And now to get into playing…

One of the advantages of playing a fretted instrument, such as bass or guitar, is that you can play the same notes of the same register in a few different places. On other instruments, such as piano, there may be a lot of A’s, but they’re all in different registers (or octaves). On the bass, you may have 2-3 options of where to play the same note (depending on the number of strings that you have and the register of the note that you’re playing). The more you explore your instrument, the more you’ll hear the differences in the tone of the notes. For instance, try playing your open A versus your fretted A (5th fret of your E string). The tone of the fretted note is quite different and you may find that you have greater control over sustain and note duration of the fretted note. Then, if you want to play the octave of that A, you have a couple of options. You can play the 12th fret on the A string, which will have a rounder, warmer tone, or the 7th fret of the D string, which will be punchier.

A cool exercise to do in order to get better acquainted with the tone of the notes on your bass is to play the same bass line or scale slowly in two different places. Let’s say you play a C major scale. Start on the 3rd fret of your A string and then start on the 8th fret of your E string and try to describe the subtle differences in tone. To relate it to “on the job” playing, listen to different records and try to pick out where on the instrument the bass line is played. If you listen to some modern country/rock, you’ll hear a lot of playing on the higher parts of the neck, especially for fills or parts of the song that have heightened dynamics.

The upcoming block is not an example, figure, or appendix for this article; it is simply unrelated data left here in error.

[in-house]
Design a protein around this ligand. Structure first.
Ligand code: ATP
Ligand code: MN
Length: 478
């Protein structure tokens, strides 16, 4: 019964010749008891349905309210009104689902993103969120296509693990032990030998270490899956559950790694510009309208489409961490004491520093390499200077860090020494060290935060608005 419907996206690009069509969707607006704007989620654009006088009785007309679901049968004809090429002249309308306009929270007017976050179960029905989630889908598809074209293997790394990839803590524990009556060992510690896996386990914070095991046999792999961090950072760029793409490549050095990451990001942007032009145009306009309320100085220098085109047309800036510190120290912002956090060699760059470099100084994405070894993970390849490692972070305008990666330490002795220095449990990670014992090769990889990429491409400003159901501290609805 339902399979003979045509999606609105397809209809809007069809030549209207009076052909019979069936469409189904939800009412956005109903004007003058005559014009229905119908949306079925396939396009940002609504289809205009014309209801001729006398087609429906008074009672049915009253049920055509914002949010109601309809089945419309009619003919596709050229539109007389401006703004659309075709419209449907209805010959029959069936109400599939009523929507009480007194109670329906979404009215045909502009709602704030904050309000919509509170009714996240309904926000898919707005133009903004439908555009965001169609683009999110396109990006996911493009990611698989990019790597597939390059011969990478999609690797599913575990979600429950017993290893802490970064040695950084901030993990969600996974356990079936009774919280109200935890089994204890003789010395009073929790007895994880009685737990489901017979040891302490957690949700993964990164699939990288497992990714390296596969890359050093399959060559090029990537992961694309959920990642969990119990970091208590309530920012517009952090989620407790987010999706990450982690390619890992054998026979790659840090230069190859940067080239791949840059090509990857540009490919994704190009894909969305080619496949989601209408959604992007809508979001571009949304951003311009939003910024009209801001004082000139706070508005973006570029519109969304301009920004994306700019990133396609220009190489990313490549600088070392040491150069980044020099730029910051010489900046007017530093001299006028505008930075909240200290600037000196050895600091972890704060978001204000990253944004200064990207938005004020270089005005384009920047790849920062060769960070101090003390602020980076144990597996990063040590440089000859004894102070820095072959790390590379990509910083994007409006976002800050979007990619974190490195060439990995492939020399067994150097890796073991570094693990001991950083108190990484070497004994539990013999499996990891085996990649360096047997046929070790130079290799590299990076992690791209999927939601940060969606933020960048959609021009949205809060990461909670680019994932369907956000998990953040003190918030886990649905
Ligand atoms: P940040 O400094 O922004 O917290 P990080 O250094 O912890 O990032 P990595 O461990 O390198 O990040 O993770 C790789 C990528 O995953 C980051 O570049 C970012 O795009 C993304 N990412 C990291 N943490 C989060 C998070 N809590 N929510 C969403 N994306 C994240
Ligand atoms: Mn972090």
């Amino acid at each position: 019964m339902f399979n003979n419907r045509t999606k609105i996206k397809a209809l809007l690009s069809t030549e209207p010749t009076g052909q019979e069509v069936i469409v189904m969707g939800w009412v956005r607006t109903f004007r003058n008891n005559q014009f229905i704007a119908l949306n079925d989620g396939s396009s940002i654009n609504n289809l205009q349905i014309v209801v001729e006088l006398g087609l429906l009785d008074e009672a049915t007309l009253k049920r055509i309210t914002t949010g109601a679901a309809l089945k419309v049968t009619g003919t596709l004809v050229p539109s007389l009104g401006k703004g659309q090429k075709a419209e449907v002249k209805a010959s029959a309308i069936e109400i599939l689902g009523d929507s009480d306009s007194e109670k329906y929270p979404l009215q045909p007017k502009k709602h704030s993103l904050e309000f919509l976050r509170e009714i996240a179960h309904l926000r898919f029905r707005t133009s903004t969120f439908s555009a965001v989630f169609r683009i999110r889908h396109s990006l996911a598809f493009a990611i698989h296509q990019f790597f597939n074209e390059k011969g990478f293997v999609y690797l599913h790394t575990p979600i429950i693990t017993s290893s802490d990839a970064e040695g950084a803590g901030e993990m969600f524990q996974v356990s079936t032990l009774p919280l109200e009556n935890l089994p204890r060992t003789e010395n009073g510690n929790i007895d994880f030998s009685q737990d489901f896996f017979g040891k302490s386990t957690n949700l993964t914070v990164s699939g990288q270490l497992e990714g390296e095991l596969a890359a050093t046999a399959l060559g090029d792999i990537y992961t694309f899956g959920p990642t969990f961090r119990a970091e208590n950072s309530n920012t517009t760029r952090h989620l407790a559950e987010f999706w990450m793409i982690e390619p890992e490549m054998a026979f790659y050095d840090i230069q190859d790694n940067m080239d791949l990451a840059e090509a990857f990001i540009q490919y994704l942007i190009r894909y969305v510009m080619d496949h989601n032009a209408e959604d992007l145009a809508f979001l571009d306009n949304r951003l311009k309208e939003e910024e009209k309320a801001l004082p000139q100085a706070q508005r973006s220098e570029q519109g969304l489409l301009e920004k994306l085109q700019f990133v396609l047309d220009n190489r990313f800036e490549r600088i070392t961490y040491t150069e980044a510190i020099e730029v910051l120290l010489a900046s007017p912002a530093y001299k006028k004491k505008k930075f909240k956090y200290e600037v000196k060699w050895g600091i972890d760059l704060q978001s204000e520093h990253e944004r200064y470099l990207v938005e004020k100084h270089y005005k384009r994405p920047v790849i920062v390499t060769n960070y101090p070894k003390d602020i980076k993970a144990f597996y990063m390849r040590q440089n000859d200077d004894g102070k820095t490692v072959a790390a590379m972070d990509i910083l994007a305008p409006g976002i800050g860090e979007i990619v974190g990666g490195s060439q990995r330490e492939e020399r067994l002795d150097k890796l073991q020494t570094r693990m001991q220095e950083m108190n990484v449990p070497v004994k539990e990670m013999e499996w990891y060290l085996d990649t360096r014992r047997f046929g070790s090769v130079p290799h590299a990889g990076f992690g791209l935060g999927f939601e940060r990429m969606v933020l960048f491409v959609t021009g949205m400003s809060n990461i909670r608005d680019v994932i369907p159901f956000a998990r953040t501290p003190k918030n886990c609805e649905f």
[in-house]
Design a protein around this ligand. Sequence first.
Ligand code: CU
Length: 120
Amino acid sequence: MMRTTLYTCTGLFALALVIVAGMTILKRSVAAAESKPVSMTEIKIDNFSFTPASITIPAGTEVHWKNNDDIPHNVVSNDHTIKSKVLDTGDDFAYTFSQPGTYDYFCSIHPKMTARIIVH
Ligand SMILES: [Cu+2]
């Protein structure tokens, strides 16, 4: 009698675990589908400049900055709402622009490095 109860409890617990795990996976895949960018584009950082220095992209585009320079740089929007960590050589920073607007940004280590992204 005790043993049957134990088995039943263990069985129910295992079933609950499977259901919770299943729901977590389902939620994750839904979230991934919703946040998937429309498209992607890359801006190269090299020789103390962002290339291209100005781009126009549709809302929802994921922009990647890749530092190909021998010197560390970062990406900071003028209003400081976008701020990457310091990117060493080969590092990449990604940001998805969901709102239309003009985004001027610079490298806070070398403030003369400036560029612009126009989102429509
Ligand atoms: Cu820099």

Not only do notes sound different depending upon where on the neck you play them, but they can be played in different ways. It’s easier to implement certain techniques, such as bending strings or playing chords, higher up on the neck and on the thinner strings. Changing positions from the lower portion of your neck (below the 5th fret), to higher up will let you play long slides into notes and allow for different fingering patterns. Understanding the options you have for playing in different places on the instrument will help you influence the dynamics of the band and will lessen your reliance on muscle memory and “go to fills” that you may have in your repertoire.

In the next part of this series, we’ll delve into your bass’s action and how that may or may not allow for the use of certain techniques. If you’ve ever wondered why tapping is particularly difficult on your Fender P-bass, this will be the column for you!

Photo by 96dpi

Ryan Madora is a professional bass player and educator living in Nashville, TN. In addition to touring and playing sessions, she fronts an original music project, The Interludes and teaches private lessons. Visit her website to learn more about her music or to inquire about lessons.